“Two Islamorada property owner are suing the Florida Department of Transportation and the Village of Islamorada for allegedly taking their land for a road widening project without consent or compensation.” —Keysnet.com by David Ball
This article presents a classic “inverse condemnation” scenario. Inverse condemnation occurs when a governmental authority with the power of eminent domain “takes” private property without formally using its power of eminent domain.
An inverse condemnation taking does not occur until a judge hears the evidence presented by a landowner and decides whether the government has violated the landowner’s constitutional property rights. Inverse condemnation takings arise under one of two scenarios. First, a taking always occurs when a landowner can prove that the government has physically invaded their property. Second, a taking may occur if the government regulates a piece of property in such a way that it no longer has any beneficial use.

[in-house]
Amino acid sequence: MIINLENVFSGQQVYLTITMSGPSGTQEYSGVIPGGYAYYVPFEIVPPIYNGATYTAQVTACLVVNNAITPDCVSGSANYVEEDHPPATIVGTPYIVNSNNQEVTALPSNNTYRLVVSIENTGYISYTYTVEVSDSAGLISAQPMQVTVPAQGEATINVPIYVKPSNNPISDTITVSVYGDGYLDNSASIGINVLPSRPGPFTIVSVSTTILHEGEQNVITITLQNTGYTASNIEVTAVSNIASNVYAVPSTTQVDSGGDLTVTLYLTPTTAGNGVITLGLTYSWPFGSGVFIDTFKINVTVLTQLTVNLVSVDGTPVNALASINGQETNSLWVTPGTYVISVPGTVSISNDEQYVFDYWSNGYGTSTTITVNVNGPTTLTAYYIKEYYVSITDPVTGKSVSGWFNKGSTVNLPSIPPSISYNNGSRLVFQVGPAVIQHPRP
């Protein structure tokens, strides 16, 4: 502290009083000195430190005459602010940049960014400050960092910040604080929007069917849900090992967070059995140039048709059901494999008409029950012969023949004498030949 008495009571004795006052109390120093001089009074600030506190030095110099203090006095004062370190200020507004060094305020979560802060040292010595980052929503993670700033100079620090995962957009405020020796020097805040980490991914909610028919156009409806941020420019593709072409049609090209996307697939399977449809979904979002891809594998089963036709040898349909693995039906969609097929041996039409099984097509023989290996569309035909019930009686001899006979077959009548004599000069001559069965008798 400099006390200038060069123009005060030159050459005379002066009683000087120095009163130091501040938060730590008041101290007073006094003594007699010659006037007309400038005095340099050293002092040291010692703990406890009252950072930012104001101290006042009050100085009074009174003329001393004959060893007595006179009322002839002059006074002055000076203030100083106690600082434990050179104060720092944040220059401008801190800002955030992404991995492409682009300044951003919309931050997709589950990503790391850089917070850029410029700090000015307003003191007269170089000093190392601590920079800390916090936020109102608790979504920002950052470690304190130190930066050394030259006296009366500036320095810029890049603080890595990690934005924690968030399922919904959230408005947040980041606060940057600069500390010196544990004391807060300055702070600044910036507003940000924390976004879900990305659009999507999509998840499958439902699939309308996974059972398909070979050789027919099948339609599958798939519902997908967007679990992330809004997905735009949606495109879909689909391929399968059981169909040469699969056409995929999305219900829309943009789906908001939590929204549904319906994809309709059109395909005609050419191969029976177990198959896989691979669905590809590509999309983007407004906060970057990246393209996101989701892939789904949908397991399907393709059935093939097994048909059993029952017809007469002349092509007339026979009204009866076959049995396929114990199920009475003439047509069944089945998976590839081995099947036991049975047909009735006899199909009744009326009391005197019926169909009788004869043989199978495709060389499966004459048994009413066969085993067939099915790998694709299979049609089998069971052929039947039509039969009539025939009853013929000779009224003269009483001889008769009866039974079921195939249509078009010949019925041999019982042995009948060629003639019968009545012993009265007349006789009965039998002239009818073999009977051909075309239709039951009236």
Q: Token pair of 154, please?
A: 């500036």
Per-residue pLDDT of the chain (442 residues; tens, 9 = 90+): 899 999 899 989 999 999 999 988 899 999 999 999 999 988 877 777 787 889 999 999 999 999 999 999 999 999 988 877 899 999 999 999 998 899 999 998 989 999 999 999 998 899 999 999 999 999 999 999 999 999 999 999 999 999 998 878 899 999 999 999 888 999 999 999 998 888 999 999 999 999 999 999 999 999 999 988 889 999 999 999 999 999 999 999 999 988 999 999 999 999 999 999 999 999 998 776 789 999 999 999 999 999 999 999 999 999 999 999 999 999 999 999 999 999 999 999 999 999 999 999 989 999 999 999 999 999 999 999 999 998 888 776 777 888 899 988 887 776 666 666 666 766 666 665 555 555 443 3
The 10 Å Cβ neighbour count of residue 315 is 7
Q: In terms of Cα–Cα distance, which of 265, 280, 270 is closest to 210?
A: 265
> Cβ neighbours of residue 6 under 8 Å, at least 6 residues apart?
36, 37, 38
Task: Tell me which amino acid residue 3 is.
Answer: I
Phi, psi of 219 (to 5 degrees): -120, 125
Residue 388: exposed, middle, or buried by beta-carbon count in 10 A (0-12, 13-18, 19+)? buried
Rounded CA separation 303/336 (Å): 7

If the Sands can prove that the Department of Transportation cleared and paved their private property without paying them for the right to do so, then the Sands can compel the Department to pay them for the land. If the Department chooses to remove the paving and restore the land, then the Sands would be entitled to compensation for the time that the department occupied their property.
Once a landowner proves to a judge that they are entitled to compensation, the case then proceeds to a trial by jury in order to determine the amount of compensation. In such a case, the landowner would be entitled to recover the attorneys fees and costs incurred in proving that their land was taken.